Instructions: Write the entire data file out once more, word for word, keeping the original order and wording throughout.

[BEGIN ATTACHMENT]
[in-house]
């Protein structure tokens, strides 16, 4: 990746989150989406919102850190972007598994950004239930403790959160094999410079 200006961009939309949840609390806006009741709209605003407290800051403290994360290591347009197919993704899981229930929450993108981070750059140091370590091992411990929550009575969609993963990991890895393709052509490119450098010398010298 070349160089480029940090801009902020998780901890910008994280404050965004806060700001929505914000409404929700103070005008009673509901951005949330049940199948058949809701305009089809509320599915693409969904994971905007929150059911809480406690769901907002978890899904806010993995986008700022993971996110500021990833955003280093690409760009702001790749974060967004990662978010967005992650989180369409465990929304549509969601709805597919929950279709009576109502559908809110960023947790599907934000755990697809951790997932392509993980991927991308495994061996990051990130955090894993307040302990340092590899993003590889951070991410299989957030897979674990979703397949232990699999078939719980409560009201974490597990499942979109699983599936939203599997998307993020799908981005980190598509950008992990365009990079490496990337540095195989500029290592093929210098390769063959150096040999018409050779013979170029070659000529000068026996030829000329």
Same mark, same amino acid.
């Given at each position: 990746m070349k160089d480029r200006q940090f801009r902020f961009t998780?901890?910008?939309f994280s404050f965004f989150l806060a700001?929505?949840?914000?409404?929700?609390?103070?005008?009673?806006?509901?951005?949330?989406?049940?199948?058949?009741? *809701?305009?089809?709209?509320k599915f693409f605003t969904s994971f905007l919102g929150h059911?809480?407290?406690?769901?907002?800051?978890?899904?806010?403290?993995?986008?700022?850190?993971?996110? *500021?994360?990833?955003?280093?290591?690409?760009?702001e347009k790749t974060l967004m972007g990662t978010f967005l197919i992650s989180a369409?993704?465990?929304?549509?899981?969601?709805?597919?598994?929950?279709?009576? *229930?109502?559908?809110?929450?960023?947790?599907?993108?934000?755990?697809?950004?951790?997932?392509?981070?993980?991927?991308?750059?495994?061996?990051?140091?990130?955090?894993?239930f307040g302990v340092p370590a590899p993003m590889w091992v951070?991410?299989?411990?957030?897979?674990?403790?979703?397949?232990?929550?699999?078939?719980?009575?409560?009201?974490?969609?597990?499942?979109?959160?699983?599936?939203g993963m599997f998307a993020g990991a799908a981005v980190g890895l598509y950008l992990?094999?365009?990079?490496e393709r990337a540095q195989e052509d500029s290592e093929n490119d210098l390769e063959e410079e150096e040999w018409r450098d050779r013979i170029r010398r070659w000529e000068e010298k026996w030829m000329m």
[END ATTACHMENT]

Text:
[in-house]
């Protein structure tokens, strides 16, 4: 990746989150989406919102850190972007598994950004239930403790959160094999410079 200006961009939309949840609390806006009741709209605003407290800051403290994360290591347009197919993704899981229930929450993108981070750059140091370590091992411990929550009575969609993963990991890895393709052509490119450098010398010298 070349160089480029940090801009902020998780901890910008994280404050965004806060700001929505914000409404929700103070005008009673509901951005949330049940199948058949809701305009089809509320599915693409969904994971905007929150059911809480406690769901907002978890899904806010993995986008700022993971996110500021990833955003280093690409760009702001790749974060967004990662978010967005992650989180369409465990929304549509969601709805597919929950279709009576109502559908809110960023947790599907934000755990697809951790997932392509993980991927991308495994061996990051990130955090894993307040302990340092590899993003590889951070991410299989957030897979674990979703397949232990699999078939719980409560009201974490597990499942979109699983599936939203599997998307993020799908981005980190598509950008992990365009990079490496990337540095195989500029290592093929210098390769063959150096040999018409050779013979170029070659000529000068026996030829000329």
Same mark, same amino acid.
């Given at each position: 990746m070349k160089d480029r200006q940090f801009r902020f961009t998780?901890?910008?939309f994280s404050f965004f989150l806060a700001?929505?949840?914000?409404?929700?609390?103070?005008?009673?806006?509901?951005?949330?989406?049940?199948?058949?009741? *809701?305009?089809?709209?509320k599915f693409f605003t969904s994971f905007l919102g929150h059911?809480?407290?406690?769901?907002?800051?978890?899904?806010?403290?993995?986008?700022?850190?993971?996110? *500021?994360?990833?955003?280093?290591?690409?760009?702001e347009k790749t974060l967004m972007g990662t978010f967005l197919i992650s989180a369409?993704?465990?929304?549509?899981?969601?709805?597919?598994?929950?279709?009576? *229930?109502?559908?809110?929450?960023?947790?599907?993108?934000?755990?697809?950004?951790?997932?392509?981070?993980?991927?991308?750059?495994?061996?990051?140091?990130?955090?894993?239930f307040g302990v340092p370590a590899p993003m590889w091992v951070?991410?299989?411990?957030?897979?674990?403790?979703?397949?232990?929550?699999?078939?719980?009575?409560?009201?974490?969609?597990?499942?979109?959160?699983?599936?939203g993963m599997f998307a993020g990991a799908a981005v980190g890895l598509y950008l992990?094999?365009?990079?490496e393709r990337a540095q195989e052509d500029s290592e093929n490119d210098l390769e063959e410079e150096e040999w018409r450098d050779r013979i170029r010398r070659w000529e000068e010298k026996w030829m000329m």